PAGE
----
One of the biggest issues that severely impacts the practice of behavior analysts in New York State is the restriction on the scope of practice of behavior analysts to only working with individuals with autism or related disorders with a prescription for ABA. New York State is the only state in the country that restricts the practice of behavior analysts to individuals with autism. New York has the lowest number of behavior analysts per 100 individuals with autism in the Northeast. In addition, the number of behavior analysts is growing slowly in New York. NYSABA is actively campaigning to address this restriction of scope, including lobbying to pass bills to lift the restriction on the scope of practice of behavior analysts. While we have not been able to hold in-person advocacy days and meet with legislators due to COVID-19, we have been able to continue our legislative work virtually. Throughout the last year, we have increased support for our bills to remove the restriction on the scope of practice of behavior analysts. We have new bill numbers in the senate and the assembly this year: S1662 (Skoufis), A-3523 (Peoples-Stokes). For our voices to be heard, we need numbers. Therefore, we are asking that behavior analysts, family members, or anyone else that is affected by this restriction on the scope of practice contact their legislators to inform them of this issue. Please email for information about how to help.

In October, we held our 31st annual conference, but our first virtual conference. We were honored to hear keynote addresses from Dr. Linda LeBlanc and Dr. Shahla Ala’i. Additionally, we welcomed six invited speakers, including Anthony Cammilleri, Tracey Walsh, Stephen Cook, John Borrero, Art Dowdy, and Adithyan Rajaram. Topics included supervising aspiring behavior analysts, individualized curricula, advocating for students with disabilities, legislative issues in New York, social justice, and cultural responsiveness, addressing obesity in children and adults, preference for single outcomes and event sequences, delivering culturally sound behavior analytic services when working with an interpreter, and practical functional assessment and skill-based treatment. We also had excellent poster presentations. Although we were not able to be in person, the chats and various other conversations through the message boards helped to create a sense of togetherness.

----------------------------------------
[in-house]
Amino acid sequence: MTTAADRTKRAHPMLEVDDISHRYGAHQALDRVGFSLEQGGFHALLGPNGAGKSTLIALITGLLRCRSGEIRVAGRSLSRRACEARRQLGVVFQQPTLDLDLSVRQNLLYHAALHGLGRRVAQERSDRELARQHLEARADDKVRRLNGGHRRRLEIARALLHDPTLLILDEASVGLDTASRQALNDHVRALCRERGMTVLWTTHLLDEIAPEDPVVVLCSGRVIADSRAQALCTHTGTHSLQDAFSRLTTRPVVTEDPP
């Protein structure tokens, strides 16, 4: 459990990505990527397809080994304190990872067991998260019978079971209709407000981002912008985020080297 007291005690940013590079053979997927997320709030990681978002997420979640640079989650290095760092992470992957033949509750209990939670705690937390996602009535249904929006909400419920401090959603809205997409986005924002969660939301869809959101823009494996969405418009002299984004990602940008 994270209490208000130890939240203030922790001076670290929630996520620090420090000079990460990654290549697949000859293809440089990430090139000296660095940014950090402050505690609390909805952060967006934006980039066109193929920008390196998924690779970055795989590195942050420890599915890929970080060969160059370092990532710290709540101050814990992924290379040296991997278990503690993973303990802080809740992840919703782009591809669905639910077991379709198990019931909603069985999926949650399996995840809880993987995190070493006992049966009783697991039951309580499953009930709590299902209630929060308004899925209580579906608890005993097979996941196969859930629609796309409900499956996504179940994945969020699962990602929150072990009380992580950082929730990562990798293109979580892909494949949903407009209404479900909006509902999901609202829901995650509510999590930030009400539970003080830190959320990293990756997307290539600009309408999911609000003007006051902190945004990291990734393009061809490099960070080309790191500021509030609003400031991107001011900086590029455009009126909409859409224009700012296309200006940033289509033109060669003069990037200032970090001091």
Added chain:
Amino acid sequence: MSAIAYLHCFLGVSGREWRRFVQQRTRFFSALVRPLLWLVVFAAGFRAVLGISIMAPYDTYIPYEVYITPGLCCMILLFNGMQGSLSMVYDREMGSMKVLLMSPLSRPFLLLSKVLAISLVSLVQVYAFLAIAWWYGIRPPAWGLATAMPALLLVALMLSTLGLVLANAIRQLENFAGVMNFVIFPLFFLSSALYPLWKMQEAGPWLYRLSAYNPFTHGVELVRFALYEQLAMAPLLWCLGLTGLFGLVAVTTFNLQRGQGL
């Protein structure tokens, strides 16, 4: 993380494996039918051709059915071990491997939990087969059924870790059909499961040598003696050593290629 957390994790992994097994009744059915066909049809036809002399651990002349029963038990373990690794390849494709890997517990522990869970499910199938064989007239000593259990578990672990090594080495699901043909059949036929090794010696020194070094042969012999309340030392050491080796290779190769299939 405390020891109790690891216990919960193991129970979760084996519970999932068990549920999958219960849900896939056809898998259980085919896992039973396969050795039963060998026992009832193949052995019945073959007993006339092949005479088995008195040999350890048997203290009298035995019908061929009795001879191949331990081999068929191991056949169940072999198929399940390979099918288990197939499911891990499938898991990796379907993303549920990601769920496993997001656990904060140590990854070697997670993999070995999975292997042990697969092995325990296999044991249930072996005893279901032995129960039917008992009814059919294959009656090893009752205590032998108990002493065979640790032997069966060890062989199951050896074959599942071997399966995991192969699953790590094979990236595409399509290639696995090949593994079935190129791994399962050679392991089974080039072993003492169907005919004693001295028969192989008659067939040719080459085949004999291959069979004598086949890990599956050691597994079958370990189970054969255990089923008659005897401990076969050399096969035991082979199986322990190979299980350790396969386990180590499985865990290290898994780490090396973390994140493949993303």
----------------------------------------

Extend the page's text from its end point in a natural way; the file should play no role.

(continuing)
Board members this year included Tricia Moss-Lourenco (president), Nancy Dib (president-elect), Nicole DeRosa (past president and conference chair), Linda Matey (treasurer), Vicki Knapp (secretary and marketing co-chair), Vanessa Patrone (representative at large and marketing co-chair), Joshua Jessel (representative at large and student activities chair), Elizabeth Drago (representative at large), Kenneth Shamlian (representative at large and membership chair), Fernande Ikombo-Deguenon (finance chair), Noor Syed (education chair), Bobbi Rogers (consumer representative and chair of the Parent and Family Committee), Deborah Napolitano and Maureen O’Grady (legislative co-chairs), and Bobby Newman (fundraising chair). In 2020, Nancy Dib was elected as president-elect, Vicki Knapp was re-elected as secretary, and Bobbi Rogers was re-elected as consumer representative. In addition, we welcomed Noor Syed as the education chair in 2021. This year will bring a new election and we will be seeking nominations for important roles of two representatives at large.

We are now planning for our 32nd annual conference to be held in Albany on October 27– 29, 2021 which will include great keynote and invited speakers. We will be accepting presentation and poster submissions from members. Also, check out our new and improved NYSABA website. Finally, take a look at the NYSABA Parent & Family website at, which includes free resources for parents and family members of consumers of behavior analysis services. Wishing everyone a happy and healthy 2021 from New York!